Ed Duffy. Unforgettable.

We all lose people we love, people who are integral to us. We cannot escape loss. I will never know what it must feel like to lose a child but I know the sorrow of a mother or father’s death.

Today, my father-in-law, Edward Duffy, died.

His wife, Jean, and his seven children are in that unenviable position today of realizing they will never see Ed’s smile again or hear his laugh. They will never sit down for a family dinner with him or debate the future of America.

It is a very hard thing to think about death in those ways. So finite.

FullSizeRender 8But I have learned some things in all the years that have passed without the physical presence of my parents. I have learned that their love has stayed with me, no matter that I cannot see them or hear them or feel them.

Ed would have turned 90 later this month. He lived a long and full life. He grew up on a farm in upstate New York, served in the Navy during World War II and excelled in his banking career. By the time he retired from a top position at Marine Midland Bank, Ed had built a comfortable life for his family. He served on the boards of several companies and was wise with his money, as every good banker should be.

But most of all, he cared deeply about his family. They mattered more to him than anything else. That was something that drew me to the Duffys. When I first met them, my parents were in India and I saw them for a few days every year, if I was lucky. I wanted so much to be a part of a family, and Ed and Jean were gracious enough to give me that gift. After my parents died, I thought of Ed and Jean as my own mom and dad.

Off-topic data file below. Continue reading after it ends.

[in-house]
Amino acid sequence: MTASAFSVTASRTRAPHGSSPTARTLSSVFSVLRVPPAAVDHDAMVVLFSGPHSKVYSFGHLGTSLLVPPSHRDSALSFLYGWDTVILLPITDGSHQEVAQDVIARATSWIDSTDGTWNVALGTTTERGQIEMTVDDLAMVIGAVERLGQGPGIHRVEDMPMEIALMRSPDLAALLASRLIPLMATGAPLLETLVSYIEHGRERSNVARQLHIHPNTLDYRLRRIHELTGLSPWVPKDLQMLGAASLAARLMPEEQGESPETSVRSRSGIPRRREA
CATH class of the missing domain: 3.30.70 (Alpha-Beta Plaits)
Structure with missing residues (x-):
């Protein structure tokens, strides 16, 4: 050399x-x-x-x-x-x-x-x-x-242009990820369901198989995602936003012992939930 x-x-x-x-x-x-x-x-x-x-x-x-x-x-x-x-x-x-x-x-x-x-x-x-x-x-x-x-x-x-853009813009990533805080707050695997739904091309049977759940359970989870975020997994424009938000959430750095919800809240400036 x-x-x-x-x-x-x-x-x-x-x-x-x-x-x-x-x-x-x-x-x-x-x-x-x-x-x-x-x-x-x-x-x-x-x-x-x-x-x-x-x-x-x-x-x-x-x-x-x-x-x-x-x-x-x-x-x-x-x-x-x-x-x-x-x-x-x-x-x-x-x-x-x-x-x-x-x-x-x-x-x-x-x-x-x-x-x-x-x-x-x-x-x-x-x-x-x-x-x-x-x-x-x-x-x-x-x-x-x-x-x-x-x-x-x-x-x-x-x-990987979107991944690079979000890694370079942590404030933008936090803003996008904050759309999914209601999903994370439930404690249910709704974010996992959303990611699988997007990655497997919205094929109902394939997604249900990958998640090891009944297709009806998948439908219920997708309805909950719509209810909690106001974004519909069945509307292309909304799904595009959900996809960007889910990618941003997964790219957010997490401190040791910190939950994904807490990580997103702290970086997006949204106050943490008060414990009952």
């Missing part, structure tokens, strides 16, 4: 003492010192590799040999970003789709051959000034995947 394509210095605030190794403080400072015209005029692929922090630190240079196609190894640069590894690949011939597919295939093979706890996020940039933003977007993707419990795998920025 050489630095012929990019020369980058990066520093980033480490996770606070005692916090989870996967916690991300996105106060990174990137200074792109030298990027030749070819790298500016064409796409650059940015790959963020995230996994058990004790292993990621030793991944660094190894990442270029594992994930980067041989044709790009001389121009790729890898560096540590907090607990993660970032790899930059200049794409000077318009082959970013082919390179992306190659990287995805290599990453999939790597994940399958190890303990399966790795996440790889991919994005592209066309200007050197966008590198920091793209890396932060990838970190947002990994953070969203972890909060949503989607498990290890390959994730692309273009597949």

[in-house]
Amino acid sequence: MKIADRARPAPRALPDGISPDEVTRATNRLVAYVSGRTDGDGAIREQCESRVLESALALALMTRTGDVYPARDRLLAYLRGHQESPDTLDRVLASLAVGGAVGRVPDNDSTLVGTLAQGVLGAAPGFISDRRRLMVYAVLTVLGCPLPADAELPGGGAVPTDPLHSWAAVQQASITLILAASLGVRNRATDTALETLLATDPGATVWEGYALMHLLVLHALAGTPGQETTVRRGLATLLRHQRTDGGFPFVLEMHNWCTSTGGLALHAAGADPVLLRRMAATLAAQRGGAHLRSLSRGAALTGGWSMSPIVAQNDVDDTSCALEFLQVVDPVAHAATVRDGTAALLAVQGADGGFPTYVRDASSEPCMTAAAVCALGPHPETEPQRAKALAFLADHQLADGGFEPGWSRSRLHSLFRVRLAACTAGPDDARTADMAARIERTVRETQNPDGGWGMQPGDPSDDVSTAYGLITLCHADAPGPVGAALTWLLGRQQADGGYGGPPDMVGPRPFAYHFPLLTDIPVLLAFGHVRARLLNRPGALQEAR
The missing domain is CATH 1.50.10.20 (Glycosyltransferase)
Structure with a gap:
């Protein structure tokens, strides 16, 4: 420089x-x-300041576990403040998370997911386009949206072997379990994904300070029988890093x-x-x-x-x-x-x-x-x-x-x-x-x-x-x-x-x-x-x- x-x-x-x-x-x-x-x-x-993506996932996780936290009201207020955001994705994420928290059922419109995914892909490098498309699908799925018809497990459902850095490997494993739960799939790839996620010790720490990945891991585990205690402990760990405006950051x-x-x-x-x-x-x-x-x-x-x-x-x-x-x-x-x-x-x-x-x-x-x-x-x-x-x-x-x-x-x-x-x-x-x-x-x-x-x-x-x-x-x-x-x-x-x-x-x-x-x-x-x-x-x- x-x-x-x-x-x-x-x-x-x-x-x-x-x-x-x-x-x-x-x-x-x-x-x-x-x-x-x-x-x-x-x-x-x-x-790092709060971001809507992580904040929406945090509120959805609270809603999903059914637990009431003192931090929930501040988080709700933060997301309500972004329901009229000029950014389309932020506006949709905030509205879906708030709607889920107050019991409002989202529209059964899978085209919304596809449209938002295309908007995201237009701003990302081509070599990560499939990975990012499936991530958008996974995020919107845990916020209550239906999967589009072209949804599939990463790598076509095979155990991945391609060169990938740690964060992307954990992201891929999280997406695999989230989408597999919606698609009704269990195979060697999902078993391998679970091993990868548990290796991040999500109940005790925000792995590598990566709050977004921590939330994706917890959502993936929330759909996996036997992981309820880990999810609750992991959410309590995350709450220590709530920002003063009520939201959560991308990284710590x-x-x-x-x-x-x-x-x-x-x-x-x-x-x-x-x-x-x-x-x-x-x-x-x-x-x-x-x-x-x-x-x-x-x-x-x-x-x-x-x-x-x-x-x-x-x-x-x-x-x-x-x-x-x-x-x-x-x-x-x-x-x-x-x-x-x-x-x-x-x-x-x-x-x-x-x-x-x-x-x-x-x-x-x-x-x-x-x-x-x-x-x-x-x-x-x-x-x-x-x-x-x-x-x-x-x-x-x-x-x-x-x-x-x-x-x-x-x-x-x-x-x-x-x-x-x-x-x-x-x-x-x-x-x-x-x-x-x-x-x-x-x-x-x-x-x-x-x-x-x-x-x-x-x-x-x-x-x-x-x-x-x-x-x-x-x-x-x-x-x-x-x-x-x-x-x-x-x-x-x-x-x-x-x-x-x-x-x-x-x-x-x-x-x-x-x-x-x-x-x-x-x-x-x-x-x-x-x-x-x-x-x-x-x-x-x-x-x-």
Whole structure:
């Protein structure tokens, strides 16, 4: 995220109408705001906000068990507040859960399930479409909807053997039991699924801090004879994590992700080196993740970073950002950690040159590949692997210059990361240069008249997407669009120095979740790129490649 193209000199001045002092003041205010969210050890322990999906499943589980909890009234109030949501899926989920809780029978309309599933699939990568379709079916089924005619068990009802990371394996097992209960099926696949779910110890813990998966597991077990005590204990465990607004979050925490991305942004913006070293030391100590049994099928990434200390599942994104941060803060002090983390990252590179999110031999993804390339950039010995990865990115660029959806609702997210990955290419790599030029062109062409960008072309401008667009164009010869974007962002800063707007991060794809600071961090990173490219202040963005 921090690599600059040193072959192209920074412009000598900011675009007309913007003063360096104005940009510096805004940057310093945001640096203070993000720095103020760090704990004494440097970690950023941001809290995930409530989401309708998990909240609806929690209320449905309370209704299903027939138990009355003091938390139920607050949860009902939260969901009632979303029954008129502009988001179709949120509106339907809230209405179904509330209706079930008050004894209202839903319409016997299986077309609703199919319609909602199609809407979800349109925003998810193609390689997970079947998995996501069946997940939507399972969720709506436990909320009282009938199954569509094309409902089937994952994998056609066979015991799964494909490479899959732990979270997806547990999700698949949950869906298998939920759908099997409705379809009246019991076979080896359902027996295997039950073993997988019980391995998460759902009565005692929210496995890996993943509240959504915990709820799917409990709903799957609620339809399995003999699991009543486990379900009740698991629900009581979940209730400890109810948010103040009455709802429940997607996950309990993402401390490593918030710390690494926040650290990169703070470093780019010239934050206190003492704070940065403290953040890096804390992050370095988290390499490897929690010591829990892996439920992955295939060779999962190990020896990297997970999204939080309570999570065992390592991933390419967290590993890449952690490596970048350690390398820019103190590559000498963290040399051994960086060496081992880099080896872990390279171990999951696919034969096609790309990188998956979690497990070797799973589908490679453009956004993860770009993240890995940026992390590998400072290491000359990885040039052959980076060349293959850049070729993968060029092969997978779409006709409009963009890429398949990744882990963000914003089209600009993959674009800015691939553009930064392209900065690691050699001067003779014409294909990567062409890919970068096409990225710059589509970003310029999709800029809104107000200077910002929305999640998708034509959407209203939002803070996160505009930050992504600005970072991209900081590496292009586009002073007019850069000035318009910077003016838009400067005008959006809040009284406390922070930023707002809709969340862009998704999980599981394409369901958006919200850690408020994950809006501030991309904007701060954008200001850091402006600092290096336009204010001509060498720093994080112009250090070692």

I reminded Kevin today of his father’s long and rewarding life. Ed’s children were lucky to have him around so long. That’s something precious many of us don’t get.

Ed may no longer be here on Earth and we will miss him. But his spirit is within all those he loved and he will continue to be a guiding light in their lives.

Here’s to you, Edward Duffy, and a life well lived.

 

 

Advertisements

Hotel Death

monimukti

My story on a home for the dying in Varanasi, India, came out on CNN.com today.

I spent a week reporting in the fabled holy city and was fascinated by its spirituality much more this time than I was on previous trips. Part of it was because I was reporting on faith. But another part of it was that I think I have transformed over the years; my rebellion against organized religion has mellowed.

As I have grown older, I have lost people who were close to me. My parents, aunts, uncles, cousins and good friends. I was in shock after I returned from India in February to the death of my colleague Lateef Mungin. He was 10 years younger than me.

That kind of loss makes you think about the things that are important in life and also about what happens to us after we stop breathing.

The people I spent time with in Varanasi were, for the most part, steadfast in their beliefs, though there is one man in my story who may surprise you.

moksha

Read my story, “Hotel Death,” on CNN.com